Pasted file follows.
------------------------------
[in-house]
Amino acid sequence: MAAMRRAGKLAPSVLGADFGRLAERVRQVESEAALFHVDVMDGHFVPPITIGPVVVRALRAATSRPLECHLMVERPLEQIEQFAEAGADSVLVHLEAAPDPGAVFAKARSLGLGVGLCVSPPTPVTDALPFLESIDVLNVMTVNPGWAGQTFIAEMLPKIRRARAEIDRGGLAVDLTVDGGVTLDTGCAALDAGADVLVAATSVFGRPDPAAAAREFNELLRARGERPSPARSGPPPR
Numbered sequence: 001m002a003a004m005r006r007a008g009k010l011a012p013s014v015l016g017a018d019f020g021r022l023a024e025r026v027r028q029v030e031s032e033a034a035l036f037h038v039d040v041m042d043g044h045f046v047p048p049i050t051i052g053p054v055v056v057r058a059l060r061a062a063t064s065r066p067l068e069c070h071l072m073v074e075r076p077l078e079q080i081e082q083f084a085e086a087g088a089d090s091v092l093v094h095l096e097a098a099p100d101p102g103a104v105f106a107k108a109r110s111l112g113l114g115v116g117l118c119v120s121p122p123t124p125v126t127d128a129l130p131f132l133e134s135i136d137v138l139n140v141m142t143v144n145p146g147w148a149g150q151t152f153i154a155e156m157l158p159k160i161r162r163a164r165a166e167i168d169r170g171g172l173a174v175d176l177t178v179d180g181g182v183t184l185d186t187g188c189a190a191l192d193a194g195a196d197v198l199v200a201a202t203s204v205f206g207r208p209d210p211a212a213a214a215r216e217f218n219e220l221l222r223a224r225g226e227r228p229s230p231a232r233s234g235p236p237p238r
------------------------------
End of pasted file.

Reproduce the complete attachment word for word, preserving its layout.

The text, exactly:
[in-house]
Amino acid sequence: MAAMRRAGKLAPSVLGADFGRLAERVRQVESEAALFHVDVMDGHFVPPITIGPVVVRALRAATSRPLECHLMVERPLEQIEQFAEAGADSVLVHLEAAPDPGAVFAKARSLGLGVGLCVSPPTPVTDALPFLESIDVLNVMTVNPGWAGQTFIAEMLPKIRRARAEIDRGGLAVDLTVDGGVTLDTGCAALDAGADVLVAATSVFGRPDPAAAAREFNELLRARGERPSPARSGPPPR
Numbered sequence: 001m002a003a004m005r006r007a008g009k010l011a012p013s014v015l016g017a018d019f020g021r022l023a024e025r026v027r028q029v030e031s032e033a034a035l036f037h038v039d040v041m042d043g044h045f046v047p048p049i050t051i052g053p054v055v056v057r058a059l060r061a062a063t064s065r066p067l068e069c070h071l072m073v074e075r076p077l078e079q080i081e082q083f084a085e086a087g088a089d090s091v092l093v094h095l096e097a098a099p100d101p102g103a104v105f106a107k108a109r110s111l112g113l114g115v116g117l118c119v120s121p122p123t124p125v126t127d128a129l130p131f132l133e134s135i136d137v138l139n140v141m142t143v144n145p146g147w148a149g150q151t152f153i154a155e156m157l158p159k160i161r162r163a164r165a166e167i168d169r170g171g172l173a174v175d176l177t178v179d180g181g182v183t184l185d186t187g188c189a190a191l192d193a194g195a196d197v198l199v200a201a202t203s204v205f206g207r208p209d210p211a212a213a214a215r216e217f218n219e220l221l222r223a224r225g226e227r228p229s230p231a232r233s234g235p236p237p238r